The private equity market is feeling a pinch these days as evidenced by the lowest deal volume to date in years. Additionally, the total dollars going into private equity funds is hovering about $50 billion, which is also the lowest it’s been in years. It’s highly unlikely that fundraising in 2008 will come close to hitting the record $300 billion that was raised in 2007. However, perhaps the story of 2008 will not be about the total volume but rather the number of separate funds raised.

Last year, funds in excess of $5 billion accounted for roughly $150 billion of the total funds raised, while $1 billion-plus vehicles accounted for about $100 billion. 2008, in contrast, seems to be the year of the middle market. With an inability to leverage deals in today’s market, most large generalist funds will undoubtedly be on the sidelines and might have difficulty rationalizing to LPs the necessity of so much capital. Kohlberg Kravis Roberts, at the end of March, decided to end its nearly two-year marketing effort for its KKR 2006 fund, settling at $17.6 billion.

“If you rely on the syndicated debt market to make money, then now is not a good time to be out there,” according to one middle market buyout pro, who is in the midst of raising his firm’s second fund. “However,” the source adds, “it’s a great time to raise funds because it’s a great time to have liquidity and a great time to be buying. When you have a model for buying at a good value and you have a niche value proposition, then there’s money available.”

Case in point, the $167 billion California State Teachers’ Retirement System (CalSTRS) recently hired Invesco Private Capital for a private equity fund-of-funds mandate. The fund, called the New and Next Generation Manager Fund II, will focus on middle-market private equity firms trying to raise their first, second or third institutional funds. CalSTRS’ $200 million will be invested over a five-year period.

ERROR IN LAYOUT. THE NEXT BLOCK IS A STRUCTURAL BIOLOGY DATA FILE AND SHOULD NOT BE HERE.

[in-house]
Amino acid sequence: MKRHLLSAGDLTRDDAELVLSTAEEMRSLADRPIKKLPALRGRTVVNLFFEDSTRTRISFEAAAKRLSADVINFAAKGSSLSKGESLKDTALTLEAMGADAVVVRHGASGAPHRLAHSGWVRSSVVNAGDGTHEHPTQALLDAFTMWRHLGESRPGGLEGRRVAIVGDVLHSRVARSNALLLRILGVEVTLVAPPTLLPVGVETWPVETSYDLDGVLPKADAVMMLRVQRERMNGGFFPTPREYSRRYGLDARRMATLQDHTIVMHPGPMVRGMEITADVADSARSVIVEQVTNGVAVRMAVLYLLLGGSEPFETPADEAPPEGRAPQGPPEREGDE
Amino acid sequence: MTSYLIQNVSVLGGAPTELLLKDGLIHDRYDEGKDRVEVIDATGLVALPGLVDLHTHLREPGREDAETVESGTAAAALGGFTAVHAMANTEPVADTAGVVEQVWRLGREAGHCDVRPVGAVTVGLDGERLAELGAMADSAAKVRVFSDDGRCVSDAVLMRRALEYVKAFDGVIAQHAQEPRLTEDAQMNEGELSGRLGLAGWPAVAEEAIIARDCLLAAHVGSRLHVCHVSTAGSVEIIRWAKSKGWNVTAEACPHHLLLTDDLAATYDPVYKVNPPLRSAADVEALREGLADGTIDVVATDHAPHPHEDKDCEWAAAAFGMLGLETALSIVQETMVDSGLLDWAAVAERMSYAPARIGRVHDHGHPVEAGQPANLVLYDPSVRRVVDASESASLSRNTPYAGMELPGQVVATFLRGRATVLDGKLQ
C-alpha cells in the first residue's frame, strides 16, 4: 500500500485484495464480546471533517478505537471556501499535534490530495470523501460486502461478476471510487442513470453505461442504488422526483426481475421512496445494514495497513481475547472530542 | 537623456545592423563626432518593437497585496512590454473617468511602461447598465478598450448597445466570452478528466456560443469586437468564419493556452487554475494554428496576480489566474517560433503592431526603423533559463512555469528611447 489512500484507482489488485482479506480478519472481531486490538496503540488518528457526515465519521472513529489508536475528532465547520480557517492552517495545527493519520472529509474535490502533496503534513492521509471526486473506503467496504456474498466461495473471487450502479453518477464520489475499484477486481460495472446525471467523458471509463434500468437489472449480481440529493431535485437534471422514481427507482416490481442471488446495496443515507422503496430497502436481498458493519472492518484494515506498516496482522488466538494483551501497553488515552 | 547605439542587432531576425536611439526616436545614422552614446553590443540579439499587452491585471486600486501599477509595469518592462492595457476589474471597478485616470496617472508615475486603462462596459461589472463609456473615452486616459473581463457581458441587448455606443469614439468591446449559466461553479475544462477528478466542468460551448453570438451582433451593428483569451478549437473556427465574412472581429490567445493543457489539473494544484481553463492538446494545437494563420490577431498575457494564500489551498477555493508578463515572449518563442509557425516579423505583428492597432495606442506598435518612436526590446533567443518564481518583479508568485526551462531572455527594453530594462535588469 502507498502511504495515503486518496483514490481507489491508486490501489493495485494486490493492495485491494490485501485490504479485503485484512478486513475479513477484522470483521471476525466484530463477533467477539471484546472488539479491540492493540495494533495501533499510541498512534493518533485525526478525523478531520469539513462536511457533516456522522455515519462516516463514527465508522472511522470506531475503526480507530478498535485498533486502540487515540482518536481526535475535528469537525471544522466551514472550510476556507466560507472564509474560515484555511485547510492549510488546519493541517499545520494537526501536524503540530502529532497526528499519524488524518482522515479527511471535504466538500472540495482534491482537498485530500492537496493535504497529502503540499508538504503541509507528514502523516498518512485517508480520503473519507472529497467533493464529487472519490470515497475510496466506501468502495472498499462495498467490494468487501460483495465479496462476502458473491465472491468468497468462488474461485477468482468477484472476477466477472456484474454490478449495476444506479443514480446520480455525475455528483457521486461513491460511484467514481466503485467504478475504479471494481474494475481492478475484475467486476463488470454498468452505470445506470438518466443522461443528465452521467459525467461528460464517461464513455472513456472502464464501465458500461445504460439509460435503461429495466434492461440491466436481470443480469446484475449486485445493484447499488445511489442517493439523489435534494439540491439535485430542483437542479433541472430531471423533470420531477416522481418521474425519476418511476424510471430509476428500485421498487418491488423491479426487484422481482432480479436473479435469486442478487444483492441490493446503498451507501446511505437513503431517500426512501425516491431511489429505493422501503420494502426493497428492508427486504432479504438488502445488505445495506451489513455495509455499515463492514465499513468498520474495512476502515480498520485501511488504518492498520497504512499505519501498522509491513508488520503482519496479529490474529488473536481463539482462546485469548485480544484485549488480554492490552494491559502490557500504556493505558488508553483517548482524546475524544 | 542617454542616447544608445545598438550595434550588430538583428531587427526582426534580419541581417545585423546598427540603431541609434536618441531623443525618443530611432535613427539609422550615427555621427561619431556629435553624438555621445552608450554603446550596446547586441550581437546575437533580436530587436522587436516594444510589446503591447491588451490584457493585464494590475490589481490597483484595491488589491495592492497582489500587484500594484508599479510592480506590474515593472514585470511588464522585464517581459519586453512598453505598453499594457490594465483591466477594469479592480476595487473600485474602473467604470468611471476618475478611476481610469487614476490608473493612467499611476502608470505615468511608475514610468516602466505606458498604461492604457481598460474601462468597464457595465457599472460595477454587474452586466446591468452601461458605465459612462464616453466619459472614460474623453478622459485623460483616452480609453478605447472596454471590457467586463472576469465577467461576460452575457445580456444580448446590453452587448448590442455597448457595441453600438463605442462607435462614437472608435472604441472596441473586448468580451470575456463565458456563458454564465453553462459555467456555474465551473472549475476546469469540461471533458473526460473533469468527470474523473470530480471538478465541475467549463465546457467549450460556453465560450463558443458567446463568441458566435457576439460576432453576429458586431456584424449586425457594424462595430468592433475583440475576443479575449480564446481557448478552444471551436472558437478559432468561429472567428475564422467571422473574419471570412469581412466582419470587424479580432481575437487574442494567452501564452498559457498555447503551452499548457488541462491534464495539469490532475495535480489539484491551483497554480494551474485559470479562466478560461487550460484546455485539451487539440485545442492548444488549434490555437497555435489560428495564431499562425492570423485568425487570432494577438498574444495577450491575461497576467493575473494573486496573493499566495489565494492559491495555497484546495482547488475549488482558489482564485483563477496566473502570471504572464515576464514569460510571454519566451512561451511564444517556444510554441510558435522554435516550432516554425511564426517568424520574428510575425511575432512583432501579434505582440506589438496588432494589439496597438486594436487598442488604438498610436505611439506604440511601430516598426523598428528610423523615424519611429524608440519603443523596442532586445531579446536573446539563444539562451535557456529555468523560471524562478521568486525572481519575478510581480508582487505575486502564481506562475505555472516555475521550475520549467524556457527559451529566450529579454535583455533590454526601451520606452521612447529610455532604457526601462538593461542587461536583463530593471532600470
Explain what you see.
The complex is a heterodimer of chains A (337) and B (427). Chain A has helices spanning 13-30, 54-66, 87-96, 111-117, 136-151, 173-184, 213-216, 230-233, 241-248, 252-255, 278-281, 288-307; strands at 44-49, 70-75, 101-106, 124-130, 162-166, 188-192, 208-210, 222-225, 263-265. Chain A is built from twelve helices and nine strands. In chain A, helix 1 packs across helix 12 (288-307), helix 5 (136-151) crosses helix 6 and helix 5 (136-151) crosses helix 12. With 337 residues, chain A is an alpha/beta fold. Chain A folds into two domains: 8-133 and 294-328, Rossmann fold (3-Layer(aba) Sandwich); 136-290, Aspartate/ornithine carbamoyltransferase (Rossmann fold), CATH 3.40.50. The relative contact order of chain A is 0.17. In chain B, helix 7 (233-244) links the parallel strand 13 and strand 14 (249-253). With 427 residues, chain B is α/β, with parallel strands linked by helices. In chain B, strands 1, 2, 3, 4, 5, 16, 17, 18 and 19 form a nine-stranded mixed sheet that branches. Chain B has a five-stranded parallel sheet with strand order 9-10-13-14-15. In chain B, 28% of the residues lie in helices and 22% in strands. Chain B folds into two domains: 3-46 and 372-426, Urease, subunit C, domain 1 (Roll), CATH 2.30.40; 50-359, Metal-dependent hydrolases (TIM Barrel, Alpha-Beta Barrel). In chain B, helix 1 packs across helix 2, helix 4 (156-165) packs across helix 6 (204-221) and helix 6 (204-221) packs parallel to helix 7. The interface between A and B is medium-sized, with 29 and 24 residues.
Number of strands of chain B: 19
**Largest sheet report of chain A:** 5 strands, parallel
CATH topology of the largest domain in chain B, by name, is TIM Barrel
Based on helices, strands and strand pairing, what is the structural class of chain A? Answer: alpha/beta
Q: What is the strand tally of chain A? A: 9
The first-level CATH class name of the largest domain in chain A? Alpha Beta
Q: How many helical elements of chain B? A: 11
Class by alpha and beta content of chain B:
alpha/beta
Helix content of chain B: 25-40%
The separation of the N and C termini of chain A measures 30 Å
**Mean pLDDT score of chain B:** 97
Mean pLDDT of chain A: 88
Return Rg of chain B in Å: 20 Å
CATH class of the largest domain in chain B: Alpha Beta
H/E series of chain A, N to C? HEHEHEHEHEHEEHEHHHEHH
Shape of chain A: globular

Kevin Scanlan, the newest partner at Dechert working on fund formation, agrees the story of 2008 will indeed focus on the middle market and that there will plenty of good funds raised this year. “There’s work to be done in the middle market. Less mega $15 billion funds will be raised, but the smaller ones will be successful at getting allocated.”

In fact, some argue, larger funds would be foolish to raise vehicles now as it would be virtually impossible to put the capital to work in a suitable timeframe, which could put LPs in the uncomfortable position of demanding capital to be returned.

“LPs will cut back their commitment if the firms can’t put the money to work,” Scanlan says, “No one is going to pay a management fee if the money is not being put to work, and the private equity firms wouldn’t give it back voluntarily.”

However, of the pension funds Scanlan works with, most still have an appetite for the asset class — just middle-market private equity. “The long-term story is good, there’s still business to be done in the middle market,” he says.